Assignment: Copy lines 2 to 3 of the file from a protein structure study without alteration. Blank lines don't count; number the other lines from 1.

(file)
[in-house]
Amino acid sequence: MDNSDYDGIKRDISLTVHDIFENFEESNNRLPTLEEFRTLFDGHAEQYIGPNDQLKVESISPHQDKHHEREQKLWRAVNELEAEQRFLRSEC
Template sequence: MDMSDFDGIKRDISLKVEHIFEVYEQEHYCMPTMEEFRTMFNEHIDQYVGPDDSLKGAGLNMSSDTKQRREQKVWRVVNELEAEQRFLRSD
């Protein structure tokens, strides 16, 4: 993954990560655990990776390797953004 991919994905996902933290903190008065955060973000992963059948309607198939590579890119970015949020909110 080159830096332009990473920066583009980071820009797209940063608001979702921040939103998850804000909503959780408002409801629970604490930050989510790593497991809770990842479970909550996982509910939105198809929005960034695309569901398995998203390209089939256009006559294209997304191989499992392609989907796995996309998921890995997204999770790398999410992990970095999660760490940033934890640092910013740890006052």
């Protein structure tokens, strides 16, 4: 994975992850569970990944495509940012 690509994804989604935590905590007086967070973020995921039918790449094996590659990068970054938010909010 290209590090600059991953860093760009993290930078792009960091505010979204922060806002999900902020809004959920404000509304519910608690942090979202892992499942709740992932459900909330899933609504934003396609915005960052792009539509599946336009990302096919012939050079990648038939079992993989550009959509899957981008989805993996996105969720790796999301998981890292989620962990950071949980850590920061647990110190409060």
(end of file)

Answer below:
Amino acid sequence: MDNSDYDGIKRDISLTVHDIFENFEESNNRLPTLEEFRTLFDGHAEQYIGPNDQLKVESISPHQDKHHEREQKLWRAVNELEAEQRFLRSEC
Template sequence: MDMSDFDGIKRDISLKVEHIFEVYEQEHYCMPTMEEFRTMFNEHIDQYVGPDDSLKGAGLNMSSDTKQRREQKVWRVVNELEAEQRFLRSD